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HOWLAND, Sir WILLIAM PEARCE (1811–1907), Canadian statesman, born at Paulings, New York, on 29 May 1811, was son of Jonathan Howland, a descendant of John Howland, who migrated from England in 1620. His mother's maiden name was Lydia Pearce. After education at the common school of his native place and at Kinderhook Academy, Howland went to Canada in 1830 and found employment in a general store at Cooksville, Ontario. His business interests rapidly grew, and in association with his brother Peleg he soon owned a number of country stores, and made large profits in lumbering and rafting ventures. For some years he was in business near Brampton, Ontario, and later went into the milling and grain business with his brothers Peleg and Frederick. He bought the Lambton mills, near Toronto, in 1840.

In 1857 Howland was elected to parliament, representing West York as a follower of the advanced liberal leader, George Brown [q. v. Suppl. I]. In 1862 he alienated himself from that leader by accepting the portfolio of finance in the (Jolin Sandfield) Macdonald-Sicotte liberal administration. Brown and Mowat refused to join on the ground that the cabinet was hostile to the principle of representation by population. Howland and McDougall, the only Ontario liberals in the ministry, defended themselves from the charge of party disloyalty by asserting that they were acting solely in the interests of confederation? Howland remained in cabinet office for six years. In 1862 he was sent to England with Sicotto on militia matters. At the same time he pursued negotiations with reference to the Intercolonial railway and to the proposed cession of Rupert's Land by the Hudson's Bay Company. He had an acute prevision of the rich possibilities of the Canadian north-west. Subsequently he founded the Rescue Company for the purpose of capturing the growing traffic between the British settlers in the Red River country and the Americans at St. Paul, Minnesota, and with a view to establishing communications linking the trade of Toronto with the north-west and ultimately with the Pacific coast. Finally in 1880 Howland headed a syndicate for the building of the Canadian Pacific Railway.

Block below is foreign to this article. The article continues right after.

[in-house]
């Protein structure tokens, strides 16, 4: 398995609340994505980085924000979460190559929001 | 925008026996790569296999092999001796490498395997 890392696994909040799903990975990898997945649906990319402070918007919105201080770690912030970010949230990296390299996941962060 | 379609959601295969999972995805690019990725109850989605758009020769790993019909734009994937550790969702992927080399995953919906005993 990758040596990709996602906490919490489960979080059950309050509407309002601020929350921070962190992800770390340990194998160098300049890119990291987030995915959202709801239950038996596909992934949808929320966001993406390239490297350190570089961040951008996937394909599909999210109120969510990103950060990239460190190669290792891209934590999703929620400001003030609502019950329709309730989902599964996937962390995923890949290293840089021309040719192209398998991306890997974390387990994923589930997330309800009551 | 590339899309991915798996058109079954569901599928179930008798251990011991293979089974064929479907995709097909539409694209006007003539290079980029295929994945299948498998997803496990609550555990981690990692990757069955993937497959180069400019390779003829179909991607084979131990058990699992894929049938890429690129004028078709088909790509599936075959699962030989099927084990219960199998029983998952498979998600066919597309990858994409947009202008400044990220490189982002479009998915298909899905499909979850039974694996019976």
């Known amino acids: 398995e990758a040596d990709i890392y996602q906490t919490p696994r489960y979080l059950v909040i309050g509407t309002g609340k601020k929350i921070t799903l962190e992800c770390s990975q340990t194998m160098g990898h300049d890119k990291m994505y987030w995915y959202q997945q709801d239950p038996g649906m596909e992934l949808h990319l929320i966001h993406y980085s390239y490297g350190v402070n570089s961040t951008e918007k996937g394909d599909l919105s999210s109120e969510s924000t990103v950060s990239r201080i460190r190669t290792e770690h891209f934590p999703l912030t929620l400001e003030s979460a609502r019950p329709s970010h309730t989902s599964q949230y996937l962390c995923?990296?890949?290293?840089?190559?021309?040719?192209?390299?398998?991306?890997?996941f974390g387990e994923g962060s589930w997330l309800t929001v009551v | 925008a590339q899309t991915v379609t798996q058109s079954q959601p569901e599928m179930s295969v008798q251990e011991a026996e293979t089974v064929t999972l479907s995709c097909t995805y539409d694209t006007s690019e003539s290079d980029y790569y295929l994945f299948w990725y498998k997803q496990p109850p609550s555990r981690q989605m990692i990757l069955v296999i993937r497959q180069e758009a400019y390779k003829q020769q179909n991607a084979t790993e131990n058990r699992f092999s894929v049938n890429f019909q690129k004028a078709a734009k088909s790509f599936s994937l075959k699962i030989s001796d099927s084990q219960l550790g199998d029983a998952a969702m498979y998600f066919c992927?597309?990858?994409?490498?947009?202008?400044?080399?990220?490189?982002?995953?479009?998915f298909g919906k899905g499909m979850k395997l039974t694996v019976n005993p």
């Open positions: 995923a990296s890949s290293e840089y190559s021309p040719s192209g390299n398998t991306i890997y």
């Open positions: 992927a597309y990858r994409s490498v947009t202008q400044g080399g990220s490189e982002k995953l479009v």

Meanwhile in 1863 Howland had exchanged his financial portfolio for that of receiver-general. This he retained till the following year, when he became postmaster-general (1864–6). In 1865 he and (Sir) Alexander Galt [q. v. Suppl. I] visited Washington as commisioners for Canada to consider reciprocal trade with the United States. Next year he succeeded Galt as finance minister. In Dec. 1866 he took part in the London conference which resulted in the confederation of the Canadian provinces, and he became minister of inland revenue in 1867 in the first confederation cabinet under Sir John Alexander Macdonald [q. v.]. He resigned his portfolio in July 1868 to become lieutenant-governor of Ontario, and he filled that post until 1873. Thenceforth he confined his attention to business. For his services at the time of confederation he was appointed C.B., and in 1879 he was created K.C.M.G. He died at Toronto on 1 Jan. 1907, and was buried there.

He married thrice: (1) in 1843 Marianne Blythe (d. 1849), by whom he had a daughter and two sons, both subsequently mayors of Toronto, and both dying before their father; (2) in 1866 Susanna Julia (d. 1886), widow of Captain Hunt; and (3) Elizabeth Mary Rattray, widow of James Bethune, Q.C.; she survived him.

Of two portraits in oil, one is in Government House and the other in the National Club, Toronto; there is a bust by Miss Mildred Peel, R.C.A. (Lady Ross), in the normal school.

[The Times, 3 Jan. 1907; Toronto Globe; Canadian Men and Women of the Time; Dent, Canadian Portrait Gallery, 1881, iii. 124; private information.]

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